Collaboration for more innovation.
Although collaboration is a proven driver of innovation, there are many things standing in the way of allowing it to function well. One key factor is that there is no contact in the first place across sectors and companies. As one of Europe’s most innovative regions, the Munich Metropolitan Area is showing how contact can be established – with hubs that facilitate collaboration and break down silos. LabCampus is a perfect example of this.
Groundbreaking innovations are rarely the result of isolated brilliance but usually emerge following collaboration between clever minds from different professions. This applies equally to research, politics and business. Numerous scientific studies reveal that businesses can increase their chances of success if they take a collaborative approach to innovation.
Professor Thomas F. Hofmann, President of the Technical University Munich, summed it up during the opening of LabCampus: “Innovations are not produced in individual minds, but are the result of many minds coming together.” This may sound straightforward, but it is often easier said than done. Competitiveness, a lack of communication, bureaucracy and insufficient meeting places are just some of the obstacles that stand in the way of collaboration that functions well.
A rethink is therefore needed: collaboration is made possible “when we move away from egosystems to develop ecosystems, and different kinds of expertise come together in one place – we co-localise them, as they say,” explained Prof. Hofmann. Co-localisation is so important because collaboration means much more than ‘just’ working together. It represents openness, transparency, equality, longevity, interdisciplinarity and trust – and all of these aspects work best in a shared ecosystem.
LabCampus provides just such an ecosystem – and thus the ideal basis for disruptive innovations. International corporations, hidden champions and scale-ups have made it their home. LabCampus ensures that the campus residents grow together to form a vibrant community, even beyond the innovation centre itself – with connections to the innovation ecosystem in the Munich Metropolitan Area, a link to Munich Airport and just a 45-minute journey from Munich city centre. This is where cutting-edge research and economic power come together in a creative melting pot of ideas.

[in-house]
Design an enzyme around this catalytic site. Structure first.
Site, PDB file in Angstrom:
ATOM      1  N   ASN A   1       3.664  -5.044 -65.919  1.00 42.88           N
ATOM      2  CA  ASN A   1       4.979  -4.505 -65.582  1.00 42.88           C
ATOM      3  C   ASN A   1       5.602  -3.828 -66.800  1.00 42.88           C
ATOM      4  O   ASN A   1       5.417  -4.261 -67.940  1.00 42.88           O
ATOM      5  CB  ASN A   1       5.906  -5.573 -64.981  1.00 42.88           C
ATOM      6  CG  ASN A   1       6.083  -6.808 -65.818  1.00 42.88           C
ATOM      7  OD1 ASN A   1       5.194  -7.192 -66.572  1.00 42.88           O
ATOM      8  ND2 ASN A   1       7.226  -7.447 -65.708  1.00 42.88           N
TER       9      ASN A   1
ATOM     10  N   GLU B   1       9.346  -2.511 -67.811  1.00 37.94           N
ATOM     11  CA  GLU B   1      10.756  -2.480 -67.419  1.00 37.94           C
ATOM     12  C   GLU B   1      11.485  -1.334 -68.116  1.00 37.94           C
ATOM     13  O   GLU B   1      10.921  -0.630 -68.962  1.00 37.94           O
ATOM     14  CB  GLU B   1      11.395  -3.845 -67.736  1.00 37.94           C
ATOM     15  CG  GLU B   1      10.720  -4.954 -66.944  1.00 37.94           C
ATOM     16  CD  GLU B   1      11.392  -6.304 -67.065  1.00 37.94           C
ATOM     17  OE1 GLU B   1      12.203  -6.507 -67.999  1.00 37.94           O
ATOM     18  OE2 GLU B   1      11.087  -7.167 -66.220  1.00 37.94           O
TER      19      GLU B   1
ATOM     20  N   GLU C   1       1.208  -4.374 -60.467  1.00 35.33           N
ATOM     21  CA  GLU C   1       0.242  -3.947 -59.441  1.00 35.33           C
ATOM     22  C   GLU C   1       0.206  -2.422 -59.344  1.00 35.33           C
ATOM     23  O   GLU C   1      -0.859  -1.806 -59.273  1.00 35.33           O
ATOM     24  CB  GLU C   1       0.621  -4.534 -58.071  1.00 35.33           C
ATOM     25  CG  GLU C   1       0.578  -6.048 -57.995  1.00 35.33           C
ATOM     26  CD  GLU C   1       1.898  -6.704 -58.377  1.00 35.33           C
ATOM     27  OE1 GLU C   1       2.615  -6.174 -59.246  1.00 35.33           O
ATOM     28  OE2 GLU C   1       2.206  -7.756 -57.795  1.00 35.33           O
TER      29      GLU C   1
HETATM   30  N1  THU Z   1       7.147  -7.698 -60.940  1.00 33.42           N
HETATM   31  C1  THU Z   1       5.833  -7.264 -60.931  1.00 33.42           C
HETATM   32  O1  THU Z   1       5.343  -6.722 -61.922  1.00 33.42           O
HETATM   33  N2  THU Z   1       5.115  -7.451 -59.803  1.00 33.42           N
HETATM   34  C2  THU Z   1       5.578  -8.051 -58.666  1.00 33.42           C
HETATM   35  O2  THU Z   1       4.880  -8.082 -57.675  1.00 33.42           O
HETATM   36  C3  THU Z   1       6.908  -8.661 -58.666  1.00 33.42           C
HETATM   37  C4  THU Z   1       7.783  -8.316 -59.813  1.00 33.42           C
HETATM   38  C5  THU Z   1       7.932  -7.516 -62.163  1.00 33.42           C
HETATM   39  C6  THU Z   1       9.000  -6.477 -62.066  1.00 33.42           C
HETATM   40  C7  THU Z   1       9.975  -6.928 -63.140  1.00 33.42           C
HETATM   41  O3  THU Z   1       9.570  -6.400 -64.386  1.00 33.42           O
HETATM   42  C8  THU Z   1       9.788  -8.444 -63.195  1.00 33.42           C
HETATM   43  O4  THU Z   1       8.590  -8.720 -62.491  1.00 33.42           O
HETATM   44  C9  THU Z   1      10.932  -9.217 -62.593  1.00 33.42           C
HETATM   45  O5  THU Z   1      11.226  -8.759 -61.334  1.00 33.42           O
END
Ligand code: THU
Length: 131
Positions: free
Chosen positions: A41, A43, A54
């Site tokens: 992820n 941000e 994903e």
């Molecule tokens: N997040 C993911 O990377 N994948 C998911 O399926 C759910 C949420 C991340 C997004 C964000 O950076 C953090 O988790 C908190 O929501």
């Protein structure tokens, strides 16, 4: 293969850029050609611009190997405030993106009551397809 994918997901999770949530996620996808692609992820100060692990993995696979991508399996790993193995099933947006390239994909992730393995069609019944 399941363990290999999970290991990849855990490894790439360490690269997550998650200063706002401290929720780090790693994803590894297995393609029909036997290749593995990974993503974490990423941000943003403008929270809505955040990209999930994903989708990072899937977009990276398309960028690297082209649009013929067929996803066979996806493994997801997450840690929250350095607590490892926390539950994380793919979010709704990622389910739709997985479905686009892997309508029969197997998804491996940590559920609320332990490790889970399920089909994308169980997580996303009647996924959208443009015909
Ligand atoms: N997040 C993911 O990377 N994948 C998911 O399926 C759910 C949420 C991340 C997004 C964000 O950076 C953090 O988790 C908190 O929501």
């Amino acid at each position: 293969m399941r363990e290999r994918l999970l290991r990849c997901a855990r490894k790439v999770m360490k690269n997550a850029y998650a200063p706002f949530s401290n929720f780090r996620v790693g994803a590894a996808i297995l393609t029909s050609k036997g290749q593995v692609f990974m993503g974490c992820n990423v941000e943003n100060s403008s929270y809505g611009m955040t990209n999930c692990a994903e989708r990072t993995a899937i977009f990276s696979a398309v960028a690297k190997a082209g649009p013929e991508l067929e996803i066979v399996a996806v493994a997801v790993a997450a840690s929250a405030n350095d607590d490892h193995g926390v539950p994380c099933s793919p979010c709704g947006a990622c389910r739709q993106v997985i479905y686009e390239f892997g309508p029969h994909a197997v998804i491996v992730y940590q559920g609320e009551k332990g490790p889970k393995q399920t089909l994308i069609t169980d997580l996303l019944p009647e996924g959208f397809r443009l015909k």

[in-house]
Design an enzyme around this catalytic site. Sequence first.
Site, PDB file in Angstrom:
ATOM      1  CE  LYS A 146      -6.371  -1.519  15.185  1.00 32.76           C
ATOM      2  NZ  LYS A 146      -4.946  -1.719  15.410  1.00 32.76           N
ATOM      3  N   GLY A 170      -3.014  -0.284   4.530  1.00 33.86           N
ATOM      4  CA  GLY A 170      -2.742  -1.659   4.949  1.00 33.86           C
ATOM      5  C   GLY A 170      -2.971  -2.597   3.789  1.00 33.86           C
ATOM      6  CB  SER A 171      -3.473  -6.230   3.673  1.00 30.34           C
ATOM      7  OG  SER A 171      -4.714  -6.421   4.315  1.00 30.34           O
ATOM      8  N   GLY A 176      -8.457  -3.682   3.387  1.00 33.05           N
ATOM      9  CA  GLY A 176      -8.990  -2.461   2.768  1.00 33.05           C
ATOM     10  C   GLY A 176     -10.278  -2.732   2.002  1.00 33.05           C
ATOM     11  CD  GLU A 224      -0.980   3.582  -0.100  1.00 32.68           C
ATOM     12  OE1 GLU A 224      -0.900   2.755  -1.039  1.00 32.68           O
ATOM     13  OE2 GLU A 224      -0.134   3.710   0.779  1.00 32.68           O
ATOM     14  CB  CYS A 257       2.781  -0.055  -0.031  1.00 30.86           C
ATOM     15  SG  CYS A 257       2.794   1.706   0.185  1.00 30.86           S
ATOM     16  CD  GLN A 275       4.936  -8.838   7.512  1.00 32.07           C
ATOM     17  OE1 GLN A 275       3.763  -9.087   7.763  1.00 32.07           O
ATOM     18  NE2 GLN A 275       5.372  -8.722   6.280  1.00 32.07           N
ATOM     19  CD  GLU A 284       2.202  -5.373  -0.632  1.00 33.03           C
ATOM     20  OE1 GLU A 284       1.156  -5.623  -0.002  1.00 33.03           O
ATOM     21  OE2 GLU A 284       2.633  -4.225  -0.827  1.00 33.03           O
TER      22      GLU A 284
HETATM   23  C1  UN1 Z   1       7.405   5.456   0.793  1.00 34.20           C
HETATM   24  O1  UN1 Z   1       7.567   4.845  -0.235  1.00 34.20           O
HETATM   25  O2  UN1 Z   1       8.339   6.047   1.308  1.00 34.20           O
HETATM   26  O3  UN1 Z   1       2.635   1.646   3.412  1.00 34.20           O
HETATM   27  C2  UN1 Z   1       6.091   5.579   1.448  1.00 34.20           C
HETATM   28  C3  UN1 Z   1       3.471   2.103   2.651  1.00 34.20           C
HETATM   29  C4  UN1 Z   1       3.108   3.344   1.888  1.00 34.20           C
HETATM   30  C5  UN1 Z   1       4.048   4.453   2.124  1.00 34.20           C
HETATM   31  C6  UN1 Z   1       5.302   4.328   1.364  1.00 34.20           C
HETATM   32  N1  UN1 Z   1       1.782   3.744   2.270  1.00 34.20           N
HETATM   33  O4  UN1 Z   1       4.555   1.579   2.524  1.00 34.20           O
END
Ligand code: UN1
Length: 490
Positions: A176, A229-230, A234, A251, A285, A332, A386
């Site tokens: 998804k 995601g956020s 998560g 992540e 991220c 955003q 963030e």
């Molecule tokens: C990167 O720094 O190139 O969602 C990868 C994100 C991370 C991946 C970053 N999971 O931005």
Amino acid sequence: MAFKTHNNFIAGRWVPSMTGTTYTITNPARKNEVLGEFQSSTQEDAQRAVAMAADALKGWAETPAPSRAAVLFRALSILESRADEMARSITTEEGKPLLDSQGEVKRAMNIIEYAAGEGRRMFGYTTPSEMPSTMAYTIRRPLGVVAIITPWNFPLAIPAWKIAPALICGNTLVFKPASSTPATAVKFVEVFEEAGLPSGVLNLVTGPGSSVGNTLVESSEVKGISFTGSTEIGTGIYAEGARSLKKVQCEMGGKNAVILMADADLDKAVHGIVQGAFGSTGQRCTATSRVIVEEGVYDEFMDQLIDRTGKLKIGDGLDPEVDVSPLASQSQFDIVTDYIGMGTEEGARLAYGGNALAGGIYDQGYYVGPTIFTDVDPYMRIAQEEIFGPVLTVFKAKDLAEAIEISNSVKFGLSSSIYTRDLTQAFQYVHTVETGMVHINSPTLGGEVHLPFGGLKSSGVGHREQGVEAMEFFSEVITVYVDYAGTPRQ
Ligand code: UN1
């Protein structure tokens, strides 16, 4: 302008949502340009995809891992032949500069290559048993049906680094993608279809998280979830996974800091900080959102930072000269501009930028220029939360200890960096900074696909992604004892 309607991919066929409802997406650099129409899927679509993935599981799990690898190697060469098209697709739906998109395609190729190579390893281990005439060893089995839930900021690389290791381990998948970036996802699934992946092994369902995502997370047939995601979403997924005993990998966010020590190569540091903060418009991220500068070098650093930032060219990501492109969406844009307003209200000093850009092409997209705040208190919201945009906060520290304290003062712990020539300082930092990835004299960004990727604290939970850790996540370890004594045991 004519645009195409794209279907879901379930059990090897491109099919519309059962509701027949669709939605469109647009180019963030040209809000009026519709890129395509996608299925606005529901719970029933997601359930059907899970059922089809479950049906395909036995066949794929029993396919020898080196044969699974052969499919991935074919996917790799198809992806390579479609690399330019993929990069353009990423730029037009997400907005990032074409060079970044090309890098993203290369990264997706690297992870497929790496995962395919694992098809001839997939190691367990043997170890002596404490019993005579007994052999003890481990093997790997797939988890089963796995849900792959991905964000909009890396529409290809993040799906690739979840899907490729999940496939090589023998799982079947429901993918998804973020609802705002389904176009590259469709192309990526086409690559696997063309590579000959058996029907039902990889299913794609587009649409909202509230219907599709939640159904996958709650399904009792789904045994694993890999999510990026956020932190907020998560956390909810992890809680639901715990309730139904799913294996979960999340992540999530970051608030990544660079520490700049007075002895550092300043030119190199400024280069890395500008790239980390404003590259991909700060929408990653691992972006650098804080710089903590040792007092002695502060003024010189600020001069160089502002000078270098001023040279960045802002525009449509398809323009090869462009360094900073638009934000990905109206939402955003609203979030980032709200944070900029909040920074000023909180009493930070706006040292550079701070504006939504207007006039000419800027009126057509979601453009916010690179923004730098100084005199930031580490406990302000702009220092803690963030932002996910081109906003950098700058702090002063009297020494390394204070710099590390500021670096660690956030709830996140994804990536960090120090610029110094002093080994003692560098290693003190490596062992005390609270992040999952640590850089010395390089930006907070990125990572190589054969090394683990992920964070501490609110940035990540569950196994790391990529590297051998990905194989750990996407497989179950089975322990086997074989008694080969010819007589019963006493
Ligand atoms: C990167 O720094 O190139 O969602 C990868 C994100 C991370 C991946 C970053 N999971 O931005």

The players think beyond isolated endeavours. Instead, they share their knowledge and work together on new ideas, helping the Bavarian capital to develop into one of the most innovative metropolises in Europe. Numerous success stories are the result.
One example is UnternehmerTUM, the biggest centre for start-ups and innovation in Europe. This is where people come together to create lasting value and tackle society’s biggest challenges. More than 12,000 participants and over 50 scalable start-ups as well as 180 innovation partnerships each year speak for themselves. Then there are the studies such as those conducted by the UnternehmerTUM Business Creators (UBC). For example, a cluster featuring over 50 outstanding circular economy start-ups was recently published – to inspire established companies to produce more innovations. BlaBlaCar, Kleiderkreisel and Tier were among the businesses in the cluster.